What my son eating (or not eating) broccoli has to do with sex: thoughts on food, sex, pleasure and society

Recently I have been thinking a lot about pleasure. I have noticed how hard I find it hard to allow myself to experience it. If I stay in bed a little, if I take my time, if I enjoy some food or sex, all these things feel like I am being spoilt, or lazy. I have felt, all too often and for far too long, that I do not deserve pleasure, that I do not deserve to feel good or that only certain ways in which I allow myself to feel good are ‘allowed’ and that these are, interestingly, the ‘pleasures’ that my parents approved of, such as reading or learning.

When I look at how I think about food, I notice that I still see certain foods as ‘treats’. I still break a menu down into what I should eat and what I would like to eat. It was only after an argument with my son about a naan bread (he wanted some, I said no) which came shortly after the argument about ‘eating greens’ that I began to really see just how much harm this disordered thinking about food was doing.

Harm is caused by the fact that we often force broccoli on our children and berate or obliquely criticise (with me it was with sighs and annoyance) when they want chocolate mousse.

When it comes to food, I am aware now of the anxiety around fat and weight that affected my parents and myself. I can see that growing up in the ’80s amid the low-fat, WeightWatchers, ‘thin is everything’ culture, with no tools or skills or even awareness of the need to critique this, harm was caused to me, and my relationship with food was disordered. I binged or I starved. I did not have a manageable relationships with sweet things.

I have made changes with myself and within my family. I serve food that is healthy and varied and they choose what and how much of it they will eat. Yes, I sometimes still worry about broccoli consumption but I also see that forcing it on my son (and my daughter) is counterproductive. I see that I have made mistakes in how I have spoken to them abut food, and I am happy to let go and trust them and their bodies.  I set an example, and enjoy a wide range of foods and I trust that they will grow up to do the same. I also trust that they are more likely to do so if I stop micro-managing, shaming and policing the food they eat.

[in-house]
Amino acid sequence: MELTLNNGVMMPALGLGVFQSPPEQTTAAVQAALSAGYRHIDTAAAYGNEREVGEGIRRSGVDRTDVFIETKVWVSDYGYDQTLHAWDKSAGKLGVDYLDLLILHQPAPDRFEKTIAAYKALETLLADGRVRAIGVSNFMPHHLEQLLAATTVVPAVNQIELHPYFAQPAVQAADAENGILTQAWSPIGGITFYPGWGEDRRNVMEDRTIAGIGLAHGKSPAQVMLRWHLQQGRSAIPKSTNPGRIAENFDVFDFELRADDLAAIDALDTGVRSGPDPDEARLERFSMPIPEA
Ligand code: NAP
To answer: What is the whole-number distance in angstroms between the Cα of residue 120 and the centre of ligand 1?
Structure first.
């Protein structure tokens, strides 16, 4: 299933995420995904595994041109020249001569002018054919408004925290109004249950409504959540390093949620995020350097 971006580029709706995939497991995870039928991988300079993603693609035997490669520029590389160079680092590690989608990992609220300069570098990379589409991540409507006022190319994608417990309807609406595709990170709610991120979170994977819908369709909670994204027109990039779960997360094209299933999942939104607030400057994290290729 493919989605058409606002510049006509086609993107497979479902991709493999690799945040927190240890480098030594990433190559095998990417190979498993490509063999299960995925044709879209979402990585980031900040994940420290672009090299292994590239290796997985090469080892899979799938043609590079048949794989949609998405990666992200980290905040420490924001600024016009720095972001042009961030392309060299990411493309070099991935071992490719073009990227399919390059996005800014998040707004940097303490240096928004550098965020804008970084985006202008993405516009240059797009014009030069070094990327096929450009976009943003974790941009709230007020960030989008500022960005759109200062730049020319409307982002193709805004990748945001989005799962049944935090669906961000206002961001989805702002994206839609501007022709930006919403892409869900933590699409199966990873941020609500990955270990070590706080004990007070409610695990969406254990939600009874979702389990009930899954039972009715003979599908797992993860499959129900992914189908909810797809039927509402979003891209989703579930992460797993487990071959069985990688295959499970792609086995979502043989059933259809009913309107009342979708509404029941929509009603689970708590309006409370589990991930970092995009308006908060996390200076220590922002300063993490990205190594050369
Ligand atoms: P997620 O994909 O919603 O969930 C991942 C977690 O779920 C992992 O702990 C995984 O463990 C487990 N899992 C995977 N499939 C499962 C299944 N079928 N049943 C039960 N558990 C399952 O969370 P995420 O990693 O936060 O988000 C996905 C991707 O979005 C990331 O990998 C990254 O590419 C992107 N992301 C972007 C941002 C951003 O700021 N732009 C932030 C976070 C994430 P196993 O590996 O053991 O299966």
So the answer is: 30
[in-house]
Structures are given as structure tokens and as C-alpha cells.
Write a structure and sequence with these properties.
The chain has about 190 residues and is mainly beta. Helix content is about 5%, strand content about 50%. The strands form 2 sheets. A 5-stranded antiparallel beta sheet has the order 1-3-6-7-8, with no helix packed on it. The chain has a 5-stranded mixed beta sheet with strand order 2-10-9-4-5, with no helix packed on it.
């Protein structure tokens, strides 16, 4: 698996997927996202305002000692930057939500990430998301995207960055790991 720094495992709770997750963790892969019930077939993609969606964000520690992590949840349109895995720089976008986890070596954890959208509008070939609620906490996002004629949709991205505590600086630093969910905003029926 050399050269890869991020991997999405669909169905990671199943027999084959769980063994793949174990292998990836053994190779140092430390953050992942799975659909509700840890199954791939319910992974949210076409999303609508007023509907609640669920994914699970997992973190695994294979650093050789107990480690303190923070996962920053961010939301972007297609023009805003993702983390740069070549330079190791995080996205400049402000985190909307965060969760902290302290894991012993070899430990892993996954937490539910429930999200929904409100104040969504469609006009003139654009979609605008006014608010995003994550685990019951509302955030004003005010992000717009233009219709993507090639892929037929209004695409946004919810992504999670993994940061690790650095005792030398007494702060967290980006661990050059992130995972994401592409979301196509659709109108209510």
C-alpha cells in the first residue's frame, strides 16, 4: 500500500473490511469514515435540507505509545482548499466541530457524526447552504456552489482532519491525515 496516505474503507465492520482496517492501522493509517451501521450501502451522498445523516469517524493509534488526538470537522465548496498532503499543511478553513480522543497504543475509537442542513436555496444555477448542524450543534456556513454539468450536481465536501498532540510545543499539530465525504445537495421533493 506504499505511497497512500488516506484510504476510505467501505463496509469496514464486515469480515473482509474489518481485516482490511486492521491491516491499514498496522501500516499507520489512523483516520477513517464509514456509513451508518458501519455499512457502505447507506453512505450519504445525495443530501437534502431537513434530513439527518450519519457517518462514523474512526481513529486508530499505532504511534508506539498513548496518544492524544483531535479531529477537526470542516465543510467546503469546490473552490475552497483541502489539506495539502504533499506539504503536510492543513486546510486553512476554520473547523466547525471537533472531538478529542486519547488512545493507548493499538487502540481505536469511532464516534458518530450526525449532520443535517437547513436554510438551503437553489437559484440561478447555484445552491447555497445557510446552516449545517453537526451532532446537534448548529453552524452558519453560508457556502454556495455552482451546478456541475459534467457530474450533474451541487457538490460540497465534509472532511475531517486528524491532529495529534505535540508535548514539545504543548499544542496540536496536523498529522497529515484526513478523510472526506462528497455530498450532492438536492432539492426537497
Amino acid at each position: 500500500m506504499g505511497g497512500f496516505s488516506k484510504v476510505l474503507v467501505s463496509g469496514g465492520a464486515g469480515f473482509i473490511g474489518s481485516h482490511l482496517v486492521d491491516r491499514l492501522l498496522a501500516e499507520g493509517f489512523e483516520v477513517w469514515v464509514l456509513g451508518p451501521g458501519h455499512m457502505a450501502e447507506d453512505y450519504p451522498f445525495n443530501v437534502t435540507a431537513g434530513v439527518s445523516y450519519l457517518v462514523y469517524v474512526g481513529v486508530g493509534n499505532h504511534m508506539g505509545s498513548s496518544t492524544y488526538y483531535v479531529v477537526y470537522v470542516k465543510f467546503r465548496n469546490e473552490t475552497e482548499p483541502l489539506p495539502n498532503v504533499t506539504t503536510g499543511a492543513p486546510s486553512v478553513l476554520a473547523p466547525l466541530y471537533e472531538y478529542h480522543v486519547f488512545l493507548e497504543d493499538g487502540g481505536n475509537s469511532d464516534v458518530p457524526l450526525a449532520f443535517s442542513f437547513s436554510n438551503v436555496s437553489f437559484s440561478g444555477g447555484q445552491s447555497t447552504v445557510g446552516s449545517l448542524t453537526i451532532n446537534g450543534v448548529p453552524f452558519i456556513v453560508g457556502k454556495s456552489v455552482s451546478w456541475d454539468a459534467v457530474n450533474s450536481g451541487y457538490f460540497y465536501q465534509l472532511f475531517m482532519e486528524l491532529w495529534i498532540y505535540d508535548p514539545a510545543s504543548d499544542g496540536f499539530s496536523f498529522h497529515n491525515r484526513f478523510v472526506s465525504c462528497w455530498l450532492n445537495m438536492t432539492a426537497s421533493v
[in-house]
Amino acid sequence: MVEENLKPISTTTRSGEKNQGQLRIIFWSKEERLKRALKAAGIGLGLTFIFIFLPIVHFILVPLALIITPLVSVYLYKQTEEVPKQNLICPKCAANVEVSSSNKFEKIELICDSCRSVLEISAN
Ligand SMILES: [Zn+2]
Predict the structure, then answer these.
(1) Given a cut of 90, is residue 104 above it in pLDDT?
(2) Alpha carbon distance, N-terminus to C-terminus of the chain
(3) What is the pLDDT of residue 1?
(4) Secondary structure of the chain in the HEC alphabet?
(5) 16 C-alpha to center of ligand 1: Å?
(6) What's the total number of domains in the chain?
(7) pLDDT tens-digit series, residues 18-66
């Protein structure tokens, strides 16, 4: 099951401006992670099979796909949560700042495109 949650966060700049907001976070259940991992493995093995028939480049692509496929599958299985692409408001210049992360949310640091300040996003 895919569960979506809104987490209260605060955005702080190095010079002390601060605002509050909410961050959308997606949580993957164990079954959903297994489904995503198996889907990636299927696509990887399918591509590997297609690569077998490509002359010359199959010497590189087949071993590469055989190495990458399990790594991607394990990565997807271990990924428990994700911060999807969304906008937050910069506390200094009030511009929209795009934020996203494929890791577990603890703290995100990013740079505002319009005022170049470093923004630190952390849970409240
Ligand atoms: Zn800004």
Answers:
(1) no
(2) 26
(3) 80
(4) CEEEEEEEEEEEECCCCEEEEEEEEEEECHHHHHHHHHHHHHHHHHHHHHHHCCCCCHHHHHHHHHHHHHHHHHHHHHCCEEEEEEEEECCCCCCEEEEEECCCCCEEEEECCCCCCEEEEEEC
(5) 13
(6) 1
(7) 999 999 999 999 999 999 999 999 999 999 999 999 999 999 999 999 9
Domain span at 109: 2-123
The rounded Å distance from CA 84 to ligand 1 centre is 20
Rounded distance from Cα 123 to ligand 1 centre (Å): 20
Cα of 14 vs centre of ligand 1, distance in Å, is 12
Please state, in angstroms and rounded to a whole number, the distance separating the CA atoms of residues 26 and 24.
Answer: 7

I think that too many of the ways we police our children’s eating is a class-based fear of being judged, of being seen as having failed, of being judged, of, let’s say it out loud – fat. I am very aware of my own complex relationship with food and have written about sugar and myself here. The scene in my book where the absent father takes his children for sushi is a prime example of how performative so much of our parenting can be, how much of it is acted out in the presence of others and in fear of their judgement, silent or otherwise.

My own diet and body were policed, my habits shaped by a fear of fat as well of extreme thinness; on top of this was fear of being seen as having failed, and I have eaten sweets in private, hidden, since I was six. Something taught me that behaviour. I have ideas about what but no concrete memories to draw upon. I just learnt early on to hide that appetite, to keep that desire hidden away.

This refusal to allow pleasure unless it sits within certain boundaries that are socially ‘permitted’ by the currently dominant white supremacist, imperialist, capitalist patriarchal society, or ‘allowed’ within our tribe (many lesbian and gay people will criticise or dislike bi people for example; many people in any group will criticise or dislike those outside of it even if they are not actively causing them harm).

This othering and hatred/intolerance of difference infects every aspect of my life. My relationship with a man a decade-plus younger than me is seen as not serious mostly because he is younger. The assumption is made that I am seeking only pleasure and validation rather than seeing that relationship for what it really is: two intellectual and spiritual equals connecting with one another and growing together.